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Who sounds the best (09:30)
F1 Fans vote with their eyes (09:30)
Who sounds the best
During the test last week in Jerez, TJ13 took some footage of the cars around the circuit, some of which has already shared. We also ran a poll asking you, the F1 community, what you thought of the sound. Here are the results.
|Option||% of votes|
|Surprisingly, I like it!||34%|
|Too early to say||28%|
|Better than I expected||23%|
So while there is a slight margin between those who like it and those that are still undecided, what do you think of the sound of each manufacturer? We have now had time to pull together a compilation of the footage we have that you can listen to below and vote on.
Please also comment below saying why you voted the way you did.
F1 Fans vote with their eyes
F1 TV audiences around the world are falling according to the annual global media report. F1 viewership has dropped by almost 50 million to 450 million in 2013. Further numbers quoted by Christian Sylt from the WSJ claim the viewership in Germany fell by 8.7% while in Brazil, “F1’s biggest single viewing market, also suffered as the audience dropped to 77.2 million from 85.6 million.”
Mr E has an answer of course and in the report puts this down to “the less-than-competitive nature of the final few rounds.” This is now toted as the driver for the double points at the final race of the season (or possibly the last three races).
However the report also recognises that pay per view has had an impact on the viewership numbers. In China and France there were 29.8 million and 16 million viewers lost respectively. It is not clear how many viewers are left in China but in France there remains about 10.2 million viewers, meaning the latter lost c61% of it’s viewership!
It appears that a mixed broadcasting schedule between pay-per-view and free-to-air works although one has to be careful with the numbers. Acknowledging that the viewership in the UK dropped during the first year both Sky Sports and BBC broadcasted F1 the report claims it rose by 1.7% to 29.1million viewers in 2013. But how much did it lose in 2012?
In its drive to secure future revenue from subscription channels is FOM busy killing the goose? With less eyes watching Formula 1 it will be even harder for teams to find sponsors and from the outrage about the double points idea one has to ask the question:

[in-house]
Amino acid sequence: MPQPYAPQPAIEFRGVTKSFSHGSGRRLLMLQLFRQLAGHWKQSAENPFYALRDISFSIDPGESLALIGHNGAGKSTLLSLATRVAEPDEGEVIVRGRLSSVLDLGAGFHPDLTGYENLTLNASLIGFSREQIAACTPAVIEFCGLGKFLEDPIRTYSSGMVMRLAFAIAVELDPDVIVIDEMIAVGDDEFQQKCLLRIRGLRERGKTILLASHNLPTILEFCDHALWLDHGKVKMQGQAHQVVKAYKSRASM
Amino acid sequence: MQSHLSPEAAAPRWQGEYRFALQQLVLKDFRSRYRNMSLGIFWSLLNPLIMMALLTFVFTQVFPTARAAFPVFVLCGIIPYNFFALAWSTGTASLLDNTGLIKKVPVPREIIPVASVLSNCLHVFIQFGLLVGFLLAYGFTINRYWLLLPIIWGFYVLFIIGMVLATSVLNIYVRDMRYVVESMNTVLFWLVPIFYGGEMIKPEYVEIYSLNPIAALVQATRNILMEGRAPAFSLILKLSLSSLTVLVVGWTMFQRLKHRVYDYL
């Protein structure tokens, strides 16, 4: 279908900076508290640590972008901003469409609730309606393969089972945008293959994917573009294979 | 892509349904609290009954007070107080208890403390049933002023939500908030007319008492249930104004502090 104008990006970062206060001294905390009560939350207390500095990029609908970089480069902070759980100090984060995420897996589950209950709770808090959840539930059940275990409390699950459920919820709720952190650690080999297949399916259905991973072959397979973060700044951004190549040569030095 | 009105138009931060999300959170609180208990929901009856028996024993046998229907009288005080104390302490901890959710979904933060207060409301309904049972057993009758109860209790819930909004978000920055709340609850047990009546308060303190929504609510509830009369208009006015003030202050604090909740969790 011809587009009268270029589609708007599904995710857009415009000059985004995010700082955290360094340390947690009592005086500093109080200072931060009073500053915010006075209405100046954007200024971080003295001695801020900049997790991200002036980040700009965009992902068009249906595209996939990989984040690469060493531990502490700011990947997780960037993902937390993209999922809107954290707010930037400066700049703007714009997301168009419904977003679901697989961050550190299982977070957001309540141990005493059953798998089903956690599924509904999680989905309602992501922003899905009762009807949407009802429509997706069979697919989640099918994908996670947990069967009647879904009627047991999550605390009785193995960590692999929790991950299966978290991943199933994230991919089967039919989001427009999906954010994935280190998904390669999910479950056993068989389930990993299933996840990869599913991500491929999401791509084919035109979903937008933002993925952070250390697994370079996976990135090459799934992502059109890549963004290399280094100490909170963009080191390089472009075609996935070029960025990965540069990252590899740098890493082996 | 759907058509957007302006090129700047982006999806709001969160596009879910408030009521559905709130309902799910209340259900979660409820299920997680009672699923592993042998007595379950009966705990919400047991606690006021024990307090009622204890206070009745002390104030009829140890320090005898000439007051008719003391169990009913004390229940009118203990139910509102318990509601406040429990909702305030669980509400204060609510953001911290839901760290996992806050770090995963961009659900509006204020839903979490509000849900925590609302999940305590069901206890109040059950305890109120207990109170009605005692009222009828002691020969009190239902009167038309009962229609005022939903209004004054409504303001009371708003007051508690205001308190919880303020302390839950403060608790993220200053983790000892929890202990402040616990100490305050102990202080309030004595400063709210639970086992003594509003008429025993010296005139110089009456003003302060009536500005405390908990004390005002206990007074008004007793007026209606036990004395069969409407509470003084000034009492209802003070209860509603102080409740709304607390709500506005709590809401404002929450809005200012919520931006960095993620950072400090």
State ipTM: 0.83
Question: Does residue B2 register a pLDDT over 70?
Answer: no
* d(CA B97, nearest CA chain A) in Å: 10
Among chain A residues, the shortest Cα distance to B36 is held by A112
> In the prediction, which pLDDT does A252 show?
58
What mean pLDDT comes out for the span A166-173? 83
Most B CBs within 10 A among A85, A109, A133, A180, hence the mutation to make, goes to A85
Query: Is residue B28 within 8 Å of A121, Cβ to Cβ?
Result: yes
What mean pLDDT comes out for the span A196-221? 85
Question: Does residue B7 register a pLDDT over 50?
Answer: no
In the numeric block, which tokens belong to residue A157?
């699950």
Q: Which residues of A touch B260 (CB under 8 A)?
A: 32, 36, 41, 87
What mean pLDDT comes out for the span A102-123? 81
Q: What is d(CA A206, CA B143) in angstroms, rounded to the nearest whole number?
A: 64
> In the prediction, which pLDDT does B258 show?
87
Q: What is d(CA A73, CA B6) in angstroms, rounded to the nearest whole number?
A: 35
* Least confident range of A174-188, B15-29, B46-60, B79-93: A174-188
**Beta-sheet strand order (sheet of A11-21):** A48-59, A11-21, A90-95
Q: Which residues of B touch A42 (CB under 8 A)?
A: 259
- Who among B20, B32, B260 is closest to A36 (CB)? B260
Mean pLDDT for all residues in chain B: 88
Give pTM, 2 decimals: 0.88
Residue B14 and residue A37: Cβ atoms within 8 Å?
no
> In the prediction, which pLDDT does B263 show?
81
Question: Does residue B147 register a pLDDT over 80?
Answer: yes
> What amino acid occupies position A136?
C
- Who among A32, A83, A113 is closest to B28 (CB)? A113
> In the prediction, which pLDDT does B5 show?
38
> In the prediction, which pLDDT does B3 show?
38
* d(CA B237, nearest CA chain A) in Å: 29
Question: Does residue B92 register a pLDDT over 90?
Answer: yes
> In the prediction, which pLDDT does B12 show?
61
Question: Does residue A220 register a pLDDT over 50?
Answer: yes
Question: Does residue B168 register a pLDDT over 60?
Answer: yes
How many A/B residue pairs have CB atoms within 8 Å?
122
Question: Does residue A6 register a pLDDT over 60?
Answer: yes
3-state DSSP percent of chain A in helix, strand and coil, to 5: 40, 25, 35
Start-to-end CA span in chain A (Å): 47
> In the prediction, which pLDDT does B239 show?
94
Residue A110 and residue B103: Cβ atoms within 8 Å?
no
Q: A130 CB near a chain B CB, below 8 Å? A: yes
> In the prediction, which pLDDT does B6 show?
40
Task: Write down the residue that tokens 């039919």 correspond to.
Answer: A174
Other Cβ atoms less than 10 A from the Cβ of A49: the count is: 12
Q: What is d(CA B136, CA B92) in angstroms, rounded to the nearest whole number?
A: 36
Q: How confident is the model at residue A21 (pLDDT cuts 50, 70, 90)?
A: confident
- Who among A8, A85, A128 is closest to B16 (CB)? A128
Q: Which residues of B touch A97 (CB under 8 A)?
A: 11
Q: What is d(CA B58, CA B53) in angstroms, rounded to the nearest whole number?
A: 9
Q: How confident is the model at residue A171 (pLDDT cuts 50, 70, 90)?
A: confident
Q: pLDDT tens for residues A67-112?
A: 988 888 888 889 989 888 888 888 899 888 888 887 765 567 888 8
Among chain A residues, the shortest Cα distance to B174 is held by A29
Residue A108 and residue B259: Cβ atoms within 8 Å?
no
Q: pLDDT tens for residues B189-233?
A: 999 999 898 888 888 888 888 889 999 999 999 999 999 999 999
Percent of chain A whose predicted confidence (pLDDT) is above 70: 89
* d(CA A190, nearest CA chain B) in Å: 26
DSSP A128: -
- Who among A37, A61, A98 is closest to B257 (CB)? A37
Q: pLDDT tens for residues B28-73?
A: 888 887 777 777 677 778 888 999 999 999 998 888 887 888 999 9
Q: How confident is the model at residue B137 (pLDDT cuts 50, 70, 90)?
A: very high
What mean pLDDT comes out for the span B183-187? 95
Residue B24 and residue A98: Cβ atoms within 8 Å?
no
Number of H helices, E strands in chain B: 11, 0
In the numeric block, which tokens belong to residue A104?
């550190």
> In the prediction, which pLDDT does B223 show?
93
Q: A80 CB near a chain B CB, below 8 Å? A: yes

Will double points draw more people to Formula 1 or will they be put off by the look and sound of the new cars and the need for, in most cases, pay per view access?
Innovations of 2014 – McLaren suspension challenge
Something we will hear a lot off during the buildup to the first race and possibly throughout the season is the interpretation of the rules and what is deemed as within the ‘spirit of the regulations’. And with that we can expect formal protests and not so formal protests in the form of ‘requests for clarification’.
Last week TJ13 reported the first salvo of challenging innovations has been fired by none other than Adrian Newey saying “I have not seen the photos but as it is described, it sounds as though there are eight suspension elements, where only six are allowed. Moreover, there are clear rules for the width of the suspension.”
However, when asked by F1WEB.it if they have officially protested the suspension Red Bull replied, “We have no problem with it.” Hmmm… does this mean that the new version of the RB10 Newey is rumoured to be working on will have McLaren style rear suspension and a Lotus pitchfork nose?
As for the eyesores that are the noses of the 2014 creations.. afraid they will stay for at least this year. As ever, Mr Todt rules through silence and none provocative means. Bild reports that according to FIA sources the governing body has shelved the issue [of looks] for 2014 and that the nose designs are legal, albeit ugly, and that clarification to the rules can be expected in 2015.